Schedule and poster

Thinking the Absolute: Speculation, Philosophy and the End of Religion Schedule

Thinking the Absolute: Speculation, Philosophy and the End of Religion Poster

 

Towards a Philosophy of Life: Reflections on the Concept of Life in Continental Philosophy of Religion

June 26th - June 28th 2009, Liverpool Hope University, UK

Keynote Speakers

Pamela Sue Anderson, John Caputo, Don Cupitt, John Milbank

Poster

Towards a Philosophy of Life: Reflections on the Concept of Life in CPR

Contact

 

Mailing List

To be added to the Association’s email list, please write to Steven Shakespeare at shakess@hope.ac.uk

 

Facebook

If you are on Facebook, please join our group.

 

Address

You can write to us at:

The Association for Continental Philosophy of Religion

c/o Dr Steven Shakespeare

Department of Theology and Religious Studies

Liverpool Hope University

Hope Park

Liverpool

L16 9JD

United Kingdom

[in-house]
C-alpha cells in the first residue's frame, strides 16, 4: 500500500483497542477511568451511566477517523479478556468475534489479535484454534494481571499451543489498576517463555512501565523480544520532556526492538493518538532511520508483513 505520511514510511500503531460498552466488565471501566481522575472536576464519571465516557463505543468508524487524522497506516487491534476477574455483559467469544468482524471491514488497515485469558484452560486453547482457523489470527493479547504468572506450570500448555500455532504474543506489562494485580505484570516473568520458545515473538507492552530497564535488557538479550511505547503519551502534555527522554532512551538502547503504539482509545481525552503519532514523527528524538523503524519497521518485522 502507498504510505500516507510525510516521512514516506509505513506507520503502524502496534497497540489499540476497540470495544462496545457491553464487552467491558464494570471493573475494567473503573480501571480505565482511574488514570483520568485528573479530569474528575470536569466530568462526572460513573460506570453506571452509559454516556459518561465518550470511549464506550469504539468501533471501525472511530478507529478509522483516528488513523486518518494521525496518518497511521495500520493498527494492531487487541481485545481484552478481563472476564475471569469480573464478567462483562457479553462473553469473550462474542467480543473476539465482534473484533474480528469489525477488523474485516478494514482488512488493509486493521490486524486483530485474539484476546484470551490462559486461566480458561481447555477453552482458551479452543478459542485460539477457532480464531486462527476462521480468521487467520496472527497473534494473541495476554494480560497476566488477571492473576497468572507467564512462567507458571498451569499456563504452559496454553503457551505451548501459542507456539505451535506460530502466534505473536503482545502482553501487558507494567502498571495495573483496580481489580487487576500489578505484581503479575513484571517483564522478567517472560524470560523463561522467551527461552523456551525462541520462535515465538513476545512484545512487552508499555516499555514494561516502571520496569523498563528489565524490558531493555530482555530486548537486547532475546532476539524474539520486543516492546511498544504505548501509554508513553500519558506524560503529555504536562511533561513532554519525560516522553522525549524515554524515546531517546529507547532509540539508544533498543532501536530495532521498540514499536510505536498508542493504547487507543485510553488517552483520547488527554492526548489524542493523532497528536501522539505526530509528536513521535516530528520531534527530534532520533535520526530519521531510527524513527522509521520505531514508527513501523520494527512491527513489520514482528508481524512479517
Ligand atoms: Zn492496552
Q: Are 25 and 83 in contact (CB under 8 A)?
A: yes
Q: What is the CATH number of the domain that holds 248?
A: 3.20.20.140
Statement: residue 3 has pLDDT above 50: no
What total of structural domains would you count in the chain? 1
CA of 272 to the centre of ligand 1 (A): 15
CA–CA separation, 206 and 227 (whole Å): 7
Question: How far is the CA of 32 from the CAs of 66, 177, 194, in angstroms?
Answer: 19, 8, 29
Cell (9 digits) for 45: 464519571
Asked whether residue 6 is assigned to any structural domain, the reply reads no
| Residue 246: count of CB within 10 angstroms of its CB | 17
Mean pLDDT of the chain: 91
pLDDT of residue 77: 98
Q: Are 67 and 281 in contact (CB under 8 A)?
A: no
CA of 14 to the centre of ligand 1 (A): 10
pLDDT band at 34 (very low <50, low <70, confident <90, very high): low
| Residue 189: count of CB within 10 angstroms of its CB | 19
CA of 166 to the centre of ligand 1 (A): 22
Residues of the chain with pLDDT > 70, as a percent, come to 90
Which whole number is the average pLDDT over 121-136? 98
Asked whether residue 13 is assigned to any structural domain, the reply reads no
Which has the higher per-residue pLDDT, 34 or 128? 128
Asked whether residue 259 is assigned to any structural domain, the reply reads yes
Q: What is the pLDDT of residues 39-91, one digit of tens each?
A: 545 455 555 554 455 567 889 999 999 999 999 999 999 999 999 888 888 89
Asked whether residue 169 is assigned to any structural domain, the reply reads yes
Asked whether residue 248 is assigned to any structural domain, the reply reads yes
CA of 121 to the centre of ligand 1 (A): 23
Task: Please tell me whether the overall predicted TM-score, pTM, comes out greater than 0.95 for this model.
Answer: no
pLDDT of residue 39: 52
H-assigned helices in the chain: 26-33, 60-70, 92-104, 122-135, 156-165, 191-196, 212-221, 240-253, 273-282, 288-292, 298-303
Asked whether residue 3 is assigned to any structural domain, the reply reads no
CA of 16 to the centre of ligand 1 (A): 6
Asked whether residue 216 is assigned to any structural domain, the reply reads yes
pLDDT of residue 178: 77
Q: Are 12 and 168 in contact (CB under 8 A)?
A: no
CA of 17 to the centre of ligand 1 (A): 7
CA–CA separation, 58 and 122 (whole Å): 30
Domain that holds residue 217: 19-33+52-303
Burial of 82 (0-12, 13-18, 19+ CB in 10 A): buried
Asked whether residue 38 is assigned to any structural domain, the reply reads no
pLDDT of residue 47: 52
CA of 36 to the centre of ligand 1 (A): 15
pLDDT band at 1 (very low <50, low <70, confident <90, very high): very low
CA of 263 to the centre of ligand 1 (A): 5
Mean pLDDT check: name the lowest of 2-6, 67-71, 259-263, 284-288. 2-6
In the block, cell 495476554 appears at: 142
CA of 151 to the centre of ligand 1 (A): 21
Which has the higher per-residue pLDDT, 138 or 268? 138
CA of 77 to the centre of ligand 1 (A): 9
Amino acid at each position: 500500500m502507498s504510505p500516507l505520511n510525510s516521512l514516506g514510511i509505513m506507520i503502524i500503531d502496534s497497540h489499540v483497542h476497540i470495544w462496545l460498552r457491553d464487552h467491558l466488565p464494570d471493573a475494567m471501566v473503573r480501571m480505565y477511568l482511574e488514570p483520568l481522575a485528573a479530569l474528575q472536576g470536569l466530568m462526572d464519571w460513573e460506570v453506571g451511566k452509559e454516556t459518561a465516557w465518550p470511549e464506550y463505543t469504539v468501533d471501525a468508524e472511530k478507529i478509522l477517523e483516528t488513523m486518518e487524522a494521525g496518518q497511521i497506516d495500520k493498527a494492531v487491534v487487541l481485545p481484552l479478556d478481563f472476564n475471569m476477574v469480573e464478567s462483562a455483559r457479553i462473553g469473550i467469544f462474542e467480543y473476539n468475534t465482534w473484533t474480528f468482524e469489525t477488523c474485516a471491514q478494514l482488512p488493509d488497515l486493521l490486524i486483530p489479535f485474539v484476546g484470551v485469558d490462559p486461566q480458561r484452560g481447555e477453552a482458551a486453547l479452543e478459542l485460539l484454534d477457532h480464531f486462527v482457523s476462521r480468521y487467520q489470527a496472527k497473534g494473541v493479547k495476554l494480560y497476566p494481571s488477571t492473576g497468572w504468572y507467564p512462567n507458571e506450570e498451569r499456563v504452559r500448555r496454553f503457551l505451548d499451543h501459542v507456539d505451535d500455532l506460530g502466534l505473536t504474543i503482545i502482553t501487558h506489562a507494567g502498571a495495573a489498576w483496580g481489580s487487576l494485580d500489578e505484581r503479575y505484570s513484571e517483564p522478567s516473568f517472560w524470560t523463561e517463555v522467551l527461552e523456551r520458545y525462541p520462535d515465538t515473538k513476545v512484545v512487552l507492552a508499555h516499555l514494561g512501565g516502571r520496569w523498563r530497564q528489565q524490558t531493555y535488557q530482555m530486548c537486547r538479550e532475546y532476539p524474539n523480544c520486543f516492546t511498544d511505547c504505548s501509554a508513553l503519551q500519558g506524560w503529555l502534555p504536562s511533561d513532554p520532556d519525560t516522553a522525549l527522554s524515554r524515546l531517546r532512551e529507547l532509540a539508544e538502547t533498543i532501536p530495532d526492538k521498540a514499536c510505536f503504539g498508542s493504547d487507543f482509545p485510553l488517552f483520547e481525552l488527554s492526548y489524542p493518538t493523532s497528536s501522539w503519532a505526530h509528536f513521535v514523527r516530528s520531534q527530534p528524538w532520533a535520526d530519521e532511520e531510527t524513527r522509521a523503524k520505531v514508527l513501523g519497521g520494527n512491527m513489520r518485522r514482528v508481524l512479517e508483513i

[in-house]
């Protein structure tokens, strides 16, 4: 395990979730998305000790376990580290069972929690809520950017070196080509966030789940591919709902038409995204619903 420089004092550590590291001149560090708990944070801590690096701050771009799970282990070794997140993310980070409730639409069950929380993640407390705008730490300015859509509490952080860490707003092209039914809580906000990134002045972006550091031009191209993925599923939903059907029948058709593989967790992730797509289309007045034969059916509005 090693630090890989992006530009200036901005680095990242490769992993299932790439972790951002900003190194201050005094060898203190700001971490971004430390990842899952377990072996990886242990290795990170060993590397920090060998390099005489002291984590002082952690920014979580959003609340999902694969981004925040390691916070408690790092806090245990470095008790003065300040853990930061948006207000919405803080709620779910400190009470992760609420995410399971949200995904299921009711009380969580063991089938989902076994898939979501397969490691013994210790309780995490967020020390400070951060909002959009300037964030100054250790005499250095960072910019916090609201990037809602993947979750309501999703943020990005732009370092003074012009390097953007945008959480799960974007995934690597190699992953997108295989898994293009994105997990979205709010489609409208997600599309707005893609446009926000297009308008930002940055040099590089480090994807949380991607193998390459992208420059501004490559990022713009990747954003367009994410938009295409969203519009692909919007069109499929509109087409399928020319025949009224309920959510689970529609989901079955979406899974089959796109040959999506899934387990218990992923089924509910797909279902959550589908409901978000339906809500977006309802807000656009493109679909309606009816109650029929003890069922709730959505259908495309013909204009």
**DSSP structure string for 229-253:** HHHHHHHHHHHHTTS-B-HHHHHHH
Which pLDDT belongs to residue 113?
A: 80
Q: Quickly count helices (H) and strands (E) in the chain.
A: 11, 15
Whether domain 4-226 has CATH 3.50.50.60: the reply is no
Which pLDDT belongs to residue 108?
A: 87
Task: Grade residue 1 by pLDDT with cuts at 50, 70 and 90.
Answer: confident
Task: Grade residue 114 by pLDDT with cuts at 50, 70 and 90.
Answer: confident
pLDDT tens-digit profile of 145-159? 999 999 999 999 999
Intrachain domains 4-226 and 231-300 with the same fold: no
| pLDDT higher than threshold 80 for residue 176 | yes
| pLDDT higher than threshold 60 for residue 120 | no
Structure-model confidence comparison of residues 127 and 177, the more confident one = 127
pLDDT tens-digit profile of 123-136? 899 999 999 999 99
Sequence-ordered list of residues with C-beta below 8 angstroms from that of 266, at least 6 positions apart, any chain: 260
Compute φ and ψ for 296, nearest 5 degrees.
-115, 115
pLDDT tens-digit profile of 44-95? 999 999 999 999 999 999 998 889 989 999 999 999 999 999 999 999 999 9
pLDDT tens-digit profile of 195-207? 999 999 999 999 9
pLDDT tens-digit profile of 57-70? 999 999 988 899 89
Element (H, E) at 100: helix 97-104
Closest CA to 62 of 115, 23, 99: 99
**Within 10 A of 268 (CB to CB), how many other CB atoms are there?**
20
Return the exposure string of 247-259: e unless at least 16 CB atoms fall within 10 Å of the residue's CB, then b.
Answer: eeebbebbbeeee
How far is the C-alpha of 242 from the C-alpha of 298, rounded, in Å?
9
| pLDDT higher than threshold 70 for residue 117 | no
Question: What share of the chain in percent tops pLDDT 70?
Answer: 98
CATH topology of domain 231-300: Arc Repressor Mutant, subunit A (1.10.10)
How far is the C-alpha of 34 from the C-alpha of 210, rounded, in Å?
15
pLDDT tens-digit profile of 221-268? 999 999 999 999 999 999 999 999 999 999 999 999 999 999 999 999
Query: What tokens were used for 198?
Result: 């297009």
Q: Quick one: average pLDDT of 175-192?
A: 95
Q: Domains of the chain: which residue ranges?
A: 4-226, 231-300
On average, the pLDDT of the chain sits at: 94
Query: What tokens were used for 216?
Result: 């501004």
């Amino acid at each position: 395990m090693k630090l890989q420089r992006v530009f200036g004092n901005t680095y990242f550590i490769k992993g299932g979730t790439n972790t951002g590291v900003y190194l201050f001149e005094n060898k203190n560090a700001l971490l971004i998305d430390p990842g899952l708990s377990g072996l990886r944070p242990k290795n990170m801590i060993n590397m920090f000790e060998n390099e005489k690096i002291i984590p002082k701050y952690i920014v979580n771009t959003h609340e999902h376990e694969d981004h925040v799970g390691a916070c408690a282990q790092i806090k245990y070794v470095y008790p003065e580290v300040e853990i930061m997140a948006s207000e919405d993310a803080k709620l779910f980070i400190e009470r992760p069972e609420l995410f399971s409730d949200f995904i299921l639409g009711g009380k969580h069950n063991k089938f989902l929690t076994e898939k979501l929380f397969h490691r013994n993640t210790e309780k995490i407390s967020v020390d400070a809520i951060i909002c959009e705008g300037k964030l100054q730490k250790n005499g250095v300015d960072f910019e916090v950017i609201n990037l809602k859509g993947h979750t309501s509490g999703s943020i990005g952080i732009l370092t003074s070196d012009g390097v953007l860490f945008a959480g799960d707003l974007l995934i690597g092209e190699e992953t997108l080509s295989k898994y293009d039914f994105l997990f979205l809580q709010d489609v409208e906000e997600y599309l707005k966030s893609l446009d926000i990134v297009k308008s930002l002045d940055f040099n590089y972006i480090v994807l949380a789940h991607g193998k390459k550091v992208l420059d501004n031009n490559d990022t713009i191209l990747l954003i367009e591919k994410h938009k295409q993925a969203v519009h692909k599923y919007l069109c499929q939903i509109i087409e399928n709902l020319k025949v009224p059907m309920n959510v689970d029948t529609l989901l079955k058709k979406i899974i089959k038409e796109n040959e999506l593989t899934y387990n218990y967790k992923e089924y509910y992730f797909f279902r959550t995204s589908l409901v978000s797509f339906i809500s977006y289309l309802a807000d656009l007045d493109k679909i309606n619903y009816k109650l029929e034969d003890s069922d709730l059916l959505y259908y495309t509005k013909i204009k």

Overview

The Association seeks to promote renewed critical thinking on religion, drawing upon the continental tradition of philosophy. This tradition draws much of its impetus from Kant's transcendental project of exploring what makes knowledge and faith possible. Kant inspired reflection upon the active, constructive role played by the subject of knowledge as well as the creative transgression of the limits of reason in articulating religious ideas.

 

Forthcoming International Conference: Political Theology: The Liberation of the Post-secular?

July 10th – July 12th 2015, Liverpool Hope University

Online Store Now Open for Registration - Please click here to navigate to the store page.

 

 0098 Dr Patrice Haynes  0213 Dr Steven Shakespeare  Dr Duane Williams

Dr Patrice Haynes

haynesp@hope.ac.uk

Dr Steven Shakespeare

shakess@hope.ac.uk

Dr Duane Williams

williad3@hope.ac.uk

Aims and Objectives

The Association promotes research and reflection on continental philosophy of religion by